“They had us on our heels the entire game,” Spoelstra said. “They were the aggressors. We weren’t able to impose our will for any long stretches of the game defensively, and you could see that early on with 30 in the paint and they were doing it in so many different ways that it just didn’t look like our basketball team.”
3. The Heat met a team with better ball movement Tuesday.
Ball movement has been a staple of the Heat’s offense to start the season. But Denver out-passed Miami, with the Nuggets finishing with 35 assists to the Heat’s 23.
Miami entered averaging the third-most assists per game at 27. Denver entered ranked 24th in this area, averaging 21.2 assists per game.
Tuesday was just that kind of night for the Heat.
4. With the Heat’s roster nearly at full health (only rookie KZ Okpala was out with an injury) for the first time of the young season, the rotation used against the Nuggets is worth noting.
With almost every option at Spoelstra’s disposal, he used a 10-man rotation for most of the game Tuesday.
The starting lineup: Winslow, Nunn, Butler, Meyers Leonard and Adebayo. The five players used off the bench: Goran Dragic, Derrick Jones Jr., Kelly Olynyk, Herro and Duncan Robinson.
James Johnson and Chris Silva only entered the game midway through the fourth quarter when the Nuggets were already in control.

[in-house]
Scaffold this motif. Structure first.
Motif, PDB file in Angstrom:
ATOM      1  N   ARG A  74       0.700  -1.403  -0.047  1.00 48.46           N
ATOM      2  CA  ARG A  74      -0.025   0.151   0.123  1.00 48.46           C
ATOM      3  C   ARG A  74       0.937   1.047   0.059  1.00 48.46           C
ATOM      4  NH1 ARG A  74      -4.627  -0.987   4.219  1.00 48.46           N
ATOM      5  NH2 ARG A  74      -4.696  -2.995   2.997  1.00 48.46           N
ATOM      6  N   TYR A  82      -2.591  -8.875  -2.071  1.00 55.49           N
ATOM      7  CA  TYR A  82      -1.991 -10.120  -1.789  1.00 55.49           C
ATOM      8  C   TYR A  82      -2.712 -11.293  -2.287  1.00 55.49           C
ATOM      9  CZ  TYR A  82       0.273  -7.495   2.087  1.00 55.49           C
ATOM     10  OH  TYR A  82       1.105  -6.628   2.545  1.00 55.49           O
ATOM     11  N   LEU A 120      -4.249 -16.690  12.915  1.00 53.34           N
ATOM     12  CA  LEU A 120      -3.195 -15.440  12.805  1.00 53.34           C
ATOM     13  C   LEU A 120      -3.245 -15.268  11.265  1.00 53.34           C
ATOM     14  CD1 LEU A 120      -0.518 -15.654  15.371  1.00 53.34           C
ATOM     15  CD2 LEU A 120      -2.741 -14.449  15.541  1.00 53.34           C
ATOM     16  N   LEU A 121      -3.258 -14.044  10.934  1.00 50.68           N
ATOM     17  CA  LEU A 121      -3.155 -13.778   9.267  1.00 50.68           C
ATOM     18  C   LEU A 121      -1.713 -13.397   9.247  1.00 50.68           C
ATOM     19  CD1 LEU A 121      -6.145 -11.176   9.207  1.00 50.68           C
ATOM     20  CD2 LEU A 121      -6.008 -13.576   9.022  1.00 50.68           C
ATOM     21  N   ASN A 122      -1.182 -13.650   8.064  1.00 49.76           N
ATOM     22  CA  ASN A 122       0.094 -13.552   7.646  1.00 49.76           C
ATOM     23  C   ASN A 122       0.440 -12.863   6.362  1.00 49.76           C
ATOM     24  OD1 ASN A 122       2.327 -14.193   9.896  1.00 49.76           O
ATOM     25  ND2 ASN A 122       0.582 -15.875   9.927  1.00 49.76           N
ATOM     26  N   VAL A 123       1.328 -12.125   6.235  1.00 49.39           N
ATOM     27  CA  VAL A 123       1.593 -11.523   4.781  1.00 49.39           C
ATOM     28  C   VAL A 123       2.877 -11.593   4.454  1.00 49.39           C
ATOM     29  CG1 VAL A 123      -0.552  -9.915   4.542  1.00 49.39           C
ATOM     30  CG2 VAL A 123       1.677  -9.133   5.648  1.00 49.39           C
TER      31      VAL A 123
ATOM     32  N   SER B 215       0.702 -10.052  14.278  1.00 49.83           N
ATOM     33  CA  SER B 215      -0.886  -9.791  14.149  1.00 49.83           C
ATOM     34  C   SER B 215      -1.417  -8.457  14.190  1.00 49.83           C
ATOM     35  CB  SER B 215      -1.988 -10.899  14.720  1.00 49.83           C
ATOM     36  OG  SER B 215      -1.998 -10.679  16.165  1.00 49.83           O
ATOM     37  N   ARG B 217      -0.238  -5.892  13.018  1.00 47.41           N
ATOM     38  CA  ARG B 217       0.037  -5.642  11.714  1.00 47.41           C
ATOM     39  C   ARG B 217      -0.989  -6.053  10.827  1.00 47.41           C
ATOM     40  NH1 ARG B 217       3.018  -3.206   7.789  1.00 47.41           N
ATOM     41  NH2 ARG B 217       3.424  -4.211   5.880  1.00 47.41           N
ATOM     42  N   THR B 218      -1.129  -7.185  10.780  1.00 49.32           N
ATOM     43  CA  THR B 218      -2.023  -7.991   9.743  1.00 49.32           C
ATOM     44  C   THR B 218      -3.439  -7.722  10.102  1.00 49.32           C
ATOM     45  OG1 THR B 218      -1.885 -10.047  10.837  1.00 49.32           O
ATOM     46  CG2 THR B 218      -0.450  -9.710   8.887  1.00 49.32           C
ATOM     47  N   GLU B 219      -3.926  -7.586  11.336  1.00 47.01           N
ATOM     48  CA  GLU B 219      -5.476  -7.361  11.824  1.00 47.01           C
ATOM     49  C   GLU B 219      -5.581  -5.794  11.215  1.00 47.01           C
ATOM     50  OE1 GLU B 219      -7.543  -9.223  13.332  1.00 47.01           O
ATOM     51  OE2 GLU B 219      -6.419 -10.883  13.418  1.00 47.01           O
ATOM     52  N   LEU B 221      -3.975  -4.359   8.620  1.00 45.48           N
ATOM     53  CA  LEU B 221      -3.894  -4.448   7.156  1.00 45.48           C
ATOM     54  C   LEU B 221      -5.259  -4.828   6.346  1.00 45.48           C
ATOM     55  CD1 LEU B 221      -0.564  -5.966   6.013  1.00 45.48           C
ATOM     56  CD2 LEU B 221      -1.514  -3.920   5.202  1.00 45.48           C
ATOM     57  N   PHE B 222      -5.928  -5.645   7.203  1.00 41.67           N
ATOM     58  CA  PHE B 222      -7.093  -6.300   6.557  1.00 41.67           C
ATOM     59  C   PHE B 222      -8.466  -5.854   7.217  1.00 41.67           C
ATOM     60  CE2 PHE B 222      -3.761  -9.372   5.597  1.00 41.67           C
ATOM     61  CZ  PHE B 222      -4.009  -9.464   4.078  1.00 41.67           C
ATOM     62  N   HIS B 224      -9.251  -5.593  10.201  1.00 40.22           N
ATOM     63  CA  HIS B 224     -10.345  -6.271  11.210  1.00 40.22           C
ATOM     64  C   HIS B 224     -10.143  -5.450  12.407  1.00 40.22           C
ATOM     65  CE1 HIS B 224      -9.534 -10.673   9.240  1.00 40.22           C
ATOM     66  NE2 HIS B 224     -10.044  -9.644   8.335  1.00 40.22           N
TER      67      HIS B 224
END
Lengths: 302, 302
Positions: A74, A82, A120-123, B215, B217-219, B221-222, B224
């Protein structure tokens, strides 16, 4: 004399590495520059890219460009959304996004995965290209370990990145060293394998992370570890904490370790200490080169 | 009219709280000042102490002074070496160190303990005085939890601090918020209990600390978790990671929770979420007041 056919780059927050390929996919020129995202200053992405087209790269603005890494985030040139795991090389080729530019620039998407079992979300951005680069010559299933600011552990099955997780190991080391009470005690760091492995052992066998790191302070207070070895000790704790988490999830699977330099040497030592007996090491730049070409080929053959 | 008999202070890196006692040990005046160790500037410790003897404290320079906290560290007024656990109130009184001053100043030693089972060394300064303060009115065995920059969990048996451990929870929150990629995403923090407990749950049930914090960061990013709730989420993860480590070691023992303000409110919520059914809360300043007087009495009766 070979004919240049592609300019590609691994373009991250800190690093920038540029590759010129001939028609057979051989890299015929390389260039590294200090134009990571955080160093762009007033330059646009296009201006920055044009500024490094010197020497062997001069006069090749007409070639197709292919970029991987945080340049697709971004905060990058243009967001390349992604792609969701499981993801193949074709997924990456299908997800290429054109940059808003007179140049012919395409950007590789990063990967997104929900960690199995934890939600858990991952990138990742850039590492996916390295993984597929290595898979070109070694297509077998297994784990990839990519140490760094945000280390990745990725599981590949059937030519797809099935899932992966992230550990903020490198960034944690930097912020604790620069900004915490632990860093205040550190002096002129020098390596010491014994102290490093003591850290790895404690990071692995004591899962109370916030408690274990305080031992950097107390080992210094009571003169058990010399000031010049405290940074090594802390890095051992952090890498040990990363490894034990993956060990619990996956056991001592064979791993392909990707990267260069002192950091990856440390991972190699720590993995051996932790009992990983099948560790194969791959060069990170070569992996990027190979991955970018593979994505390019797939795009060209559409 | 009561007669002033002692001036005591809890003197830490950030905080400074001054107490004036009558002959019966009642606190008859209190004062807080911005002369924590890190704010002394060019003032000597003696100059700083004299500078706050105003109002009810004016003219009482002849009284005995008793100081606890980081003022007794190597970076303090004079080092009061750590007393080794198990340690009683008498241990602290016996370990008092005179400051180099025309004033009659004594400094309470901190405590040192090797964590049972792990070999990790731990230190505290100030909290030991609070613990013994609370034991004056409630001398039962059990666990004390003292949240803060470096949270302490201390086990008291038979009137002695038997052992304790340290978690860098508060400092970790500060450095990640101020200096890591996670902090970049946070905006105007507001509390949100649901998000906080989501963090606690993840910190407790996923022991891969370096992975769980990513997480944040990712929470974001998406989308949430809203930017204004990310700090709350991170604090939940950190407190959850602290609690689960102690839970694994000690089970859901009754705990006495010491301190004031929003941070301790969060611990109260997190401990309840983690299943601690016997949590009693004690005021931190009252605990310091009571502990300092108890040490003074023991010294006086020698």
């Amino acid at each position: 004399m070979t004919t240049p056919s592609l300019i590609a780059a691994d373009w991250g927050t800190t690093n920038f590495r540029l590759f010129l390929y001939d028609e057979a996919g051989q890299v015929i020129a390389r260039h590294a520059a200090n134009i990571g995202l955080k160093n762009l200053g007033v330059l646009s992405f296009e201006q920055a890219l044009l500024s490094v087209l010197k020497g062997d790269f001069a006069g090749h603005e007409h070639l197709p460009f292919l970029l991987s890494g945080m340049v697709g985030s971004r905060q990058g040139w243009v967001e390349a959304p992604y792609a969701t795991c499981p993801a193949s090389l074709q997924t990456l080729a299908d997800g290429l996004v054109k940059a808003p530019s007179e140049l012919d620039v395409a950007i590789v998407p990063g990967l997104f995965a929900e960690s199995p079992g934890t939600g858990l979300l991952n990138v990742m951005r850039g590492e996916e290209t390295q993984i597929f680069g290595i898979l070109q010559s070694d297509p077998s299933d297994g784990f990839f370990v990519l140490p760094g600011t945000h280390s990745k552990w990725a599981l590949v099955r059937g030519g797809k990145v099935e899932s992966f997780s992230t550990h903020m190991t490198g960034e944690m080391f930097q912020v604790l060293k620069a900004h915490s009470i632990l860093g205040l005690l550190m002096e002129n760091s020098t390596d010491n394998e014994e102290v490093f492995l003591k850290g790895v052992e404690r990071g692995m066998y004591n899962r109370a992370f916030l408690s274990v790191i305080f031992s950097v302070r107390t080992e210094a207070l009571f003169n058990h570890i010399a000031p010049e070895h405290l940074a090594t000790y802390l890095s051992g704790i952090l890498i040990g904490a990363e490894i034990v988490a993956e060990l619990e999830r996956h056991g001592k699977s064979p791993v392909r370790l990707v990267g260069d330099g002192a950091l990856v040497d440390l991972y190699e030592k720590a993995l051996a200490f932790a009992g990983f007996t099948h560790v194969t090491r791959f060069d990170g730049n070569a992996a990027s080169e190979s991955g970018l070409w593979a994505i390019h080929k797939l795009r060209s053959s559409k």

The only active Heat player who did not play was Udonis Haslem.
This comes after Johnson looked sharp in his season debut, finishing Sunday’s win over the Rockets with 17 points, four rebounds and three assists. This comes with Tuesday counting as the fourth NBA day on Silva’s 45-day two-way contract clock.
When the Heat is fully healthy, there will be tough decisions for Spoelstra. He was faced with those type of decisions Tuesday for the first time this season.
5. There was another twist in the Dion Waiters situation, with the guard listed as one of the Heat’s three inactive players for Tuesday’s game.
With the Heat’s roster nearly at full health, Waiters joined Okpala (left Achillies strain) and two-way contract guard Daryl Macon as Miami’s inactive players. NBA teams can have up to 13 active players each game. Winslow and Jones returned from injury against the Nuggets, forcing Spoelstra to pick one healthy player to be inactive. Waiters was the choice over other candidates, like Haslem and Silva.
“We have a full slot of players tonight. Dion will not be active,” Spoelstra said during his session with the media 90 minutes before Tuesday’s game. “He will work out. I met with him. He and I talked, and things are a little bit fluid right now because we have everybody available right now, which is a good thing. And we’ll continue to work it out.”
Waiters, 27, was on the active roster in Sunday’s win over the Rockets for the first time since serving his one-game suspension in the Oct. 23 season opener for “conduct detrimental to the team.” But Waiters was not on the team’s bench Sunday despite being active, as he was instead working out in the arena during the game.
Waiters participated in the Heat’s evening practice in Denver on Monday and also in Tuesday morning’s shootaround.
Waiters is in the third season of a four-year, $52 million contract he signed with the Heat in the summer of 2017. He has a $1.1 million bonus in his contract for appearing in at least 70 of Miami’s 82 games this season, but he has already missed the first seven games of the season.